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The Psychology of Core Beliefs and the Therapy of the Creed

July 28, 2013

250px-Nicaea_iconBeliefs matter at a spiritual level and at a psychological level, especially when we live by the beliefs we hold. Part of the way Saints became Saints was that fact that they lived on the basis of their beliefs. The reason hypocrites were hypocrites is that they didn’t.

In the psychological realm, it’s not that difficult to live according to one’s beliefs. In fact, it happens automatically. Have you ever noticed how a small setback can make you feel just terrible, even though anyone can see that it’s no big deal? Have you ever noticed a push to do something perfectly, even though you know a perfect job isn’t necessary? We all react to people, places, and events in our lives in ways that are sometimes surprising and not readily explainable. There is something else that seems to be directing our reactions and our drives, something that cognitive therapists call schemata or core beliefs and have to do with how a person sees himself, his future, and his world. Outside of therapy, people don’t think much about these beliefs or even recognize them, for they are felt as “absolute truths” or just the way things are.

Now, these core beliefs in turn generate intermediate beliefs in the form of assumptions and rules for avoiding pain and finding pleasure or satisfaction. An example of a core belief is “I’m inadequate,” a belief that can generate rules such as “If I work very hard, I can do okay” and “If I don’t do great, then I’ve failed.” These rules in turn leads to compensatory strategies such as developing high standards, working very hard, over preparing, looking for shortcomings, and avoiding seeking help. In Ancient Christian Wisdom, I described the way these core beliefs and rules operate and can change as follows:  “As tools for decoding particular situations, schemata are dormant if no information can be found in a situation to activate them. They vary in terms of the number of situations in which they can be used, their capacity to be modified, and their intensity when activated. Close to the surface of a person’s consciousness are intermediate schemata or beliefs that are made up of rules, attitudes, and assumptions about various situations. These schemata focus on safety versus danger and pleasure versus pain. Further from a person’s awareness are core schemata with rigid and global ideas about oneself and others. These core beliefs tend to revolve around notions of perceived helplessness in terms of competence and control as well as notions of perceived unlovability in terms of acceptance. Although people are no more aware of their schemata in the form of rules and core-beliefs than they are of the grammatical structures that they use when speaking, these schemata have a great influence on how they react.”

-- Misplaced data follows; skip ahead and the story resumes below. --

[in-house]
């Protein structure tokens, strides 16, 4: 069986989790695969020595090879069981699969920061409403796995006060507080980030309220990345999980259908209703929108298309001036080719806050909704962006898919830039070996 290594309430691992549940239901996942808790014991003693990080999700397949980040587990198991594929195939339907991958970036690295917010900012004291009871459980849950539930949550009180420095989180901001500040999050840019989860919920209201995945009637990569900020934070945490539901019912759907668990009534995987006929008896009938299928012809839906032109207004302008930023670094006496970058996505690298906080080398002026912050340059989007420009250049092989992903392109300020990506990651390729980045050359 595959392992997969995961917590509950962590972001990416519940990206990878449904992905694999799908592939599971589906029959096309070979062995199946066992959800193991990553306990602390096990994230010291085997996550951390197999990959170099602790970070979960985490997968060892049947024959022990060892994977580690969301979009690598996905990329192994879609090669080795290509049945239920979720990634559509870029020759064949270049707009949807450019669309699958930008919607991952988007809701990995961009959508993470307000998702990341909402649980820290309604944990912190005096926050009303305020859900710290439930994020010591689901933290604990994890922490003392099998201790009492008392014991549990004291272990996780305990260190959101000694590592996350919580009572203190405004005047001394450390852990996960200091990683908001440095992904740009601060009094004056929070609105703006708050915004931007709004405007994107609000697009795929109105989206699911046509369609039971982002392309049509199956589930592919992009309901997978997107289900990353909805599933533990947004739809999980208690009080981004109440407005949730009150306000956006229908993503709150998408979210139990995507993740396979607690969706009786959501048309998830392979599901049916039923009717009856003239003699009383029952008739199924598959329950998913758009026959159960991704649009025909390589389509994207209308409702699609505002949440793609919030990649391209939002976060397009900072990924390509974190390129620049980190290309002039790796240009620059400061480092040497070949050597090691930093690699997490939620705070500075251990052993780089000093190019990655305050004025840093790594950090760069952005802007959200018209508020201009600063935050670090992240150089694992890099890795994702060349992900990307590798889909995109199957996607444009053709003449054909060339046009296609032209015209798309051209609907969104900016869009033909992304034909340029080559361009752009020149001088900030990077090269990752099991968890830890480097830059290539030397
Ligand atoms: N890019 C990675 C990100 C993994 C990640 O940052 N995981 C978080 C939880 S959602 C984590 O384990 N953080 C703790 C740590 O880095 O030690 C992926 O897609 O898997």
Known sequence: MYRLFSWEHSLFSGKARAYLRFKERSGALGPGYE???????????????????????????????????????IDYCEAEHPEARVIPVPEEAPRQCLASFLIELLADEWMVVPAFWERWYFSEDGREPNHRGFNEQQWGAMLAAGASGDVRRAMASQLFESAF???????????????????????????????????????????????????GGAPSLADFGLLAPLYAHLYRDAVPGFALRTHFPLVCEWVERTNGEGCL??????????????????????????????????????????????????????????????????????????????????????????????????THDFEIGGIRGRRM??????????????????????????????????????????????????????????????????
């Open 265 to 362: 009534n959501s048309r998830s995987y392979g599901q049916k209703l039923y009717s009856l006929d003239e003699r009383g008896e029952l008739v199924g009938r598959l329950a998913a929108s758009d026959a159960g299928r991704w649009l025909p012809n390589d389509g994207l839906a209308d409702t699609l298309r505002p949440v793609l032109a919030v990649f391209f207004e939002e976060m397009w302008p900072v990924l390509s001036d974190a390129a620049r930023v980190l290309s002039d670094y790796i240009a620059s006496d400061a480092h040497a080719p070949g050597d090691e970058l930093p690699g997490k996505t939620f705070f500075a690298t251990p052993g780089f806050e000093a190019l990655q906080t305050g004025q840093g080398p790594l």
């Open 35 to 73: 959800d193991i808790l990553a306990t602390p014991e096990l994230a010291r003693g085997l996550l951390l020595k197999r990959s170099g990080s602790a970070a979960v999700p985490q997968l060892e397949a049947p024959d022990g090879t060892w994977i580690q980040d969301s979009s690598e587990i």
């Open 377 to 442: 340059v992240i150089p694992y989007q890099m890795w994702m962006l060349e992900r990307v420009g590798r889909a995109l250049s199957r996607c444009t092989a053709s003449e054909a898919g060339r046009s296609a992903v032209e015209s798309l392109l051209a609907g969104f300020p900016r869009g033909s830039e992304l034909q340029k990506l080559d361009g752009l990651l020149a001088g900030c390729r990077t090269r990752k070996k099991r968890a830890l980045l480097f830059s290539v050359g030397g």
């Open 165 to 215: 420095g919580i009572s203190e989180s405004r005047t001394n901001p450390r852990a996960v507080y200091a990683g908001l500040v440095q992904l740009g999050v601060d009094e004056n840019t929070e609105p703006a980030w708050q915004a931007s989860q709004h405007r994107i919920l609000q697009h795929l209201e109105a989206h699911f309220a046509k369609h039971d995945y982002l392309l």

Another way to look at core beliefs is through attachment theory that deals with the initial way an infant comes to look at the world. Based on their experience, some infants have strong positive feelings toward their mothers and develop a secure attachment; other infants experience their relationship in an ambivalent way; a final group may have an indifferent or even hostile relationship with their mothers. In the first case of a secure attachment, the infant feels the security of the mother’s comfort and protection that gives the infant boldness to independently explore the environment. In this best of situations, the infant develops core beliefs about being loved and being competent. On the other hand, if the parent scolds the infant for seeking comfort or for exploring, the child may develop core beliefs about being unloved and incompetent. In other words, the primary dysfunctional core beliefs about being unworthy, unlovable, and helpless have a lot to do with early attachments. Further relationships in life continue to shape those core beliefs about the self and how the world works.